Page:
You’ve worked with an Executive Marketing Expert to create a successful strategy to find a new executive-level job or C-level position. You’ve re-done your resume, and repackaged your skill set to sell yourself to the search committees, HR directors, and recruiters. You’ve been found. You’ve made it through the initial review process and have landed the interview. And here you thought it was getting the interview that was the hard part. How job candidates at any level handle their interview in the highly competitiveness of today’s job market will determine how long you stay unemployed or whether you receive a job offer. Knowledge is power, be prepared for the questions they will ask and have a few of your own.
1. What Should I Know about You?
This is your 30 second elevator speech. In 30-60 seconds you should be able to tell the recruiter about yourself, why they should hire you, why do you want to work for the company, and how you would fit into the companies continued success. An executive job seeker should be prepared for this inevitable question. Don’t leave your answer to chance or off the cuff. Tailor each answer prior to each new job interview and practice your elevator speech on professionals.
BEFORE the interview. Your husband or wife doesn’t count. It should flow and roll off your tongue with ease.
2. What Do You Consider Your Weaknesses?
I don’t know or I don’t have any are truly not an acceptable answer. Nor is a pat cliché response of I am a workaholic or I’m a perfectionist. Even most interviewers understand the limitations of these questions. They are asking to see how you handle it. No one expects you to details all the negative elements of your personality, like I am difficult to work with and am not a team player. Your answer allows them to see if you as a job applicant if you posses such key qualities as humility, sincerity, self-awareness, zest and skill set in managing both short comings and mistakes. It’s imperative to not reveal key weaknesses that interviewers might otherwise notice on their own. Remember, that this question is a way to actually highlight your strengths.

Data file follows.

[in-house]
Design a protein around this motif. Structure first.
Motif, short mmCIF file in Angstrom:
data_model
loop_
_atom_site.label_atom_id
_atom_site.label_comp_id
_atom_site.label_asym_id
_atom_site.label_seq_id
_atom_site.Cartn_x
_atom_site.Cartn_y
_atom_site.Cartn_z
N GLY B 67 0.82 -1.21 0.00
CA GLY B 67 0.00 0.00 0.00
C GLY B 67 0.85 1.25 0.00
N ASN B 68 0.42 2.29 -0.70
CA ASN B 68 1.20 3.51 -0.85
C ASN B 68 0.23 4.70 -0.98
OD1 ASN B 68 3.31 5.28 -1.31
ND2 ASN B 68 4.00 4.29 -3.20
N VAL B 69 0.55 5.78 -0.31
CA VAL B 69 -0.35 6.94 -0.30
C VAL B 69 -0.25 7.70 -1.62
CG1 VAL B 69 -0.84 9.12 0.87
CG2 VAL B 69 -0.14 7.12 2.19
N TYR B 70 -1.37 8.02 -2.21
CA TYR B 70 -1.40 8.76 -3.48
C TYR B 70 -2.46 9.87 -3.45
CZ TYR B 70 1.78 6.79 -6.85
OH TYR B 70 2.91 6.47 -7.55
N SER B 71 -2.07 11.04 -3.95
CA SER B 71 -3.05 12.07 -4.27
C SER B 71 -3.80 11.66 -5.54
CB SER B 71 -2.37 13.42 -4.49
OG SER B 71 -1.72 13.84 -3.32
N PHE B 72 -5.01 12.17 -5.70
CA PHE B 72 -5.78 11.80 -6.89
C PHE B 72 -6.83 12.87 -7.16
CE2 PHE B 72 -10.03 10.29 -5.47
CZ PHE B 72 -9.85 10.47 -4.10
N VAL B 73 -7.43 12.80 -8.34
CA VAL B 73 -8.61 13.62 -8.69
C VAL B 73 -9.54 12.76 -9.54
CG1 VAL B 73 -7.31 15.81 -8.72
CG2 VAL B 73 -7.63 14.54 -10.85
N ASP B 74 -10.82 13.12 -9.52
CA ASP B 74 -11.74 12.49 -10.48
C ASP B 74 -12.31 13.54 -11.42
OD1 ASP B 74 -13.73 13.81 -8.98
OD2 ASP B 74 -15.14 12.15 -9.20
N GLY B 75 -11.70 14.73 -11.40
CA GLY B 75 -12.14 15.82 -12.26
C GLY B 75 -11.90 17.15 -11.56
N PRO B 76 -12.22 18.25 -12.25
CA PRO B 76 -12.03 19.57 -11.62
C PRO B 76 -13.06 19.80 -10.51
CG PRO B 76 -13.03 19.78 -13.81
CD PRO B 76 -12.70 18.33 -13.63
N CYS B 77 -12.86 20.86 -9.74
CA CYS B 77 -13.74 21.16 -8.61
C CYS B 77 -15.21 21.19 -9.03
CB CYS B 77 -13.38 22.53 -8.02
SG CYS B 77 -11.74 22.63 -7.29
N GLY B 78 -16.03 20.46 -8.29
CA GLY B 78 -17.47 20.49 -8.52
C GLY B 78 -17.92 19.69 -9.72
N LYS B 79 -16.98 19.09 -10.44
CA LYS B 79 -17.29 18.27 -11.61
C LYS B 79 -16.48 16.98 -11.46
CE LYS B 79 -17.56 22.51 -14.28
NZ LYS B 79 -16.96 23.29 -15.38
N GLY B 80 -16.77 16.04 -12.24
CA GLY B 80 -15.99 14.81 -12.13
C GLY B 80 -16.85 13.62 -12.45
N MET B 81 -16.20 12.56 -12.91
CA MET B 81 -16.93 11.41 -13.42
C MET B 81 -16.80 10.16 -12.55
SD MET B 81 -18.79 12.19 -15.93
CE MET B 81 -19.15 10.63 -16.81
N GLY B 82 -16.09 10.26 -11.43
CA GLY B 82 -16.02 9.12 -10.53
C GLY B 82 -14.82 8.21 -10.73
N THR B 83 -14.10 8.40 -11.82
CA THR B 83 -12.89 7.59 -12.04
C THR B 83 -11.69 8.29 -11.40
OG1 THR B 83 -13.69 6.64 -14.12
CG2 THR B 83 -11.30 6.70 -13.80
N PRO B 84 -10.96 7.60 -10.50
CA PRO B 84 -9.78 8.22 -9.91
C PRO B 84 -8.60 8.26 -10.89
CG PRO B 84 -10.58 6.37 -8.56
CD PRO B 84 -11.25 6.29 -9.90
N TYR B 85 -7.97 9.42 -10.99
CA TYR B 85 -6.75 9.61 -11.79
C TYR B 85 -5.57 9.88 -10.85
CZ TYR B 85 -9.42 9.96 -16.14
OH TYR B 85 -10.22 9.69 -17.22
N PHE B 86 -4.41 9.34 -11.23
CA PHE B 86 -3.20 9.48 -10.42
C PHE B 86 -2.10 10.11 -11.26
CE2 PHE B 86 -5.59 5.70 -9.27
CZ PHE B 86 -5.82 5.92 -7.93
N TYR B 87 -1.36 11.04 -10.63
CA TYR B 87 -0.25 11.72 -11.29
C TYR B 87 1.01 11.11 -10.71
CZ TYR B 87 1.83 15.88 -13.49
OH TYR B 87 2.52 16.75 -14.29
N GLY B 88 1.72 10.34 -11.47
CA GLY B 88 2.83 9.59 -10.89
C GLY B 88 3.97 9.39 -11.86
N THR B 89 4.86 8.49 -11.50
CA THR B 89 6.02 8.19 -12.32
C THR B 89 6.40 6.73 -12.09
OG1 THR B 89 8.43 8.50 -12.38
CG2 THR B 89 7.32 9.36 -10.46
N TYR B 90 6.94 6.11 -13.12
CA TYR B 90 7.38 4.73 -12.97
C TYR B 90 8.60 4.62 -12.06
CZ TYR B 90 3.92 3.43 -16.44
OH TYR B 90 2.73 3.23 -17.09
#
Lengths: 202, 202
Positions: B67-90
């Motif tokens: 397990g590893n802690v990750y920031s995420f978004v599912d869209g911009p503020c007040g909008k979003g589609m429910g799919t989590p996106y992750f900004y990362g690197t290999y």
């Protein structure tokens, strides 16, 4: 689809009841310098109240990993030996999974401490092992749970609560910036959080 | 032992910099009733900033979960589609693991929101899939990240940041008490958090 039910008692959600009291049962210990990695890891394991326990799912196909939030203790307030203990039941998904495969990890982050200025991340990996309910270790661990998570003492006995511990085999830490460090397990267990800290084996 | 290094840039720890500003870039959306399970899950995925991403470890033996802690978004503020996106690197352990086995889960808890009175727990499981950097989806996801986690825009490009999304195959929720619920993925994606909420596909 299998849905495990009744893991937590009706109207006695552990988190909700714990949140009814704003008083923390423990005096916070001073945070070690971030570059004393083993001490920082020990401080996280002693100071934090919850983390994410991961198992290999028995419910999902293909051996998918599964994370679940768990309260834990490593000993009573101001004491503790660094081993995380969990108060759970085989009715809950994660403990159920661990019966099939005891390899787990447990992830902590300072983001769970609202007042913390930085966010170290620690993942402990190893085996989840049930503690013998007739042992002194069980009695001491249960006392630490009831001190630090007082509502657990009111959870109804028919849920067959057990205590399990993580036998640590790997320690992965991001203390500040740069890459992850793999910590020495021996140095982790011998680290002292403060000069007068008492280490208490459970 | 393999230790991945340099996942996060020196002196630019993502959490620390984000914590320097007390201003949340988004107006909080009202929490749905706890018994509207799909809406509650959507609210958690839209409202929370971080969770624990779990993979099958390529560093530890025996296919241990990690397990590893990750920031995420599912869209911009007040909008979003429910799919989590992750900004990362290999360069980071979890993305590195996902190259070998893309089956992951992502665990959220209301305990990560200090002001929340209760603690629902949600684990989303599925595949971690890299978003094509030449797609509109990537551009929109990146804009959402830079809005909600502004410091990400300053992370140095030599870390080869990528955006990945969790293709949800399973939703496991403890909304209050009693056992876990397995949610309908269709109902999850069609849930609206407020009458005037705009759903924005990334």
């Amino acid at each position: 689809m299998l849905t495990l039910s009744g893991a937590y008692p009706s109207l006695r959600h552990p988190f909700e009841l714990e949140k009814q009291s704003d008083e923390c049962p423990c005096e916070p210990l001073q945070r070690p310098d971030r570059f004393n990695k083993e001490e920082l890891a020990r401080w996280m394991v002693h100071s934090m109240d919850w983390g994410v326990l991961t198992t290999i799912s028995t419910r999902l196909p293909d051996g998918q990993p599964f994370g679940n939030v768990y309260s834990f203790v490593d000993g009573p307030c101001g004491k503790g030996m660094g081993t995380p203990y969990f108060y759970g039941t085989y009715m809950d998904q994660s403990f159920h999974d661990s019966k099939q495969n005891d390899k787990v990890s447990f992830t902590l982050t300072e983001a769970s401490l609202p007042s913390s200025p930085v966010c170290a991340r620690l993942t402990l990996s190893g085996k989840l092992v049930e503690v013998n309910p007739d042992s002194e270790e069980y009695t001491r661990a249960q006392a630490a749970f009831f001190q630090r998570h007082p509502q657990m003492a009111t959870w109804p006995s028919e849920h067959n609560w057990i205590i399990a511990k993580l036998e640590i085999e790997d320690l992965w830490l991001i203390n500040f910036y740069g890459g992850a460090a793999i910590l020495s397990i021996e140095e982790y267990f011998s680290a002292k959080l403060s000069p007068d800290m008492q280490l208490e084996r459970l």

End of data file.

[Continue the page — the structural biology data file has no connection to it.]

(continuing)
A successful response to this question can help the executive job seeker distinguish themselves and stand out from the pack.
3. What Do You Consider Your Strengths?
What are you good at? What makes you stand out from the next candidate? What do you have to offer this particular company. How does your existing skill set fit their corporate structure?
Determine your skills based on your personality traits, knowledge based skills, and transferable skill set.
a. your Personality Traits( are you a team player, flexible, punctual)
b. Knowledge Based Skills (based on education and experience – computer skills,
specialized training, or degrees)
c. Transferable Skills (the skills you take from job to job, planning and strategy skills)
Choose 3-5 strengths that the potential employer is seeking in their executive job posting. Give specific examples to demonstrate that strength if questioned further. Scripting your answers to these questions allows you to answer clearly and with confidence.
4. What Are Your Salary Requirements?
This question is a potential mind-field, and needs to be handled carefully and with tact. I’m flexible won’t cut it, it’s vague and non-committal. Don’t say at my last position my salary was….. If you state a salary base outside of the potential employers range your executive job candidacy is over. You need to have done your research, not only on the company but your executive niche market. It will make a difference if the company is a start-up vs a Fortune 1000 or 500 company. Where the company is located in the country will also make a difference. You need to determine what is the going rate in your job market for your specific skill set, then position your salary requirements within the going rate, based on the company and the company location. It’s imperative that you do your homework. You can determine your salary once you have a successful job offer.
5. Why Are You Currently Unemployed?
This is a touchy question that can also be followed up with, how long have you been unemployed? First and foremost tell the truth. Don’t try and cover up why you left your last position. Cover-ups rarely work and usually lead to embarrassment. Also your response should be positive, this is not the place to air grievances for being down-sized, involuntarily terminated or merged out of your last executive position. You need to have an answer if you have been out of the job market for a long time or it’s been over 6 months since you where last employed at the executive level.
Fortunately, your executive marketing experts can help you prepare for your interview. You can work with your marketing coach, go through a mock interview and receive feedback on how well you answered a specific question. And if you need improvement, practice makes perfect.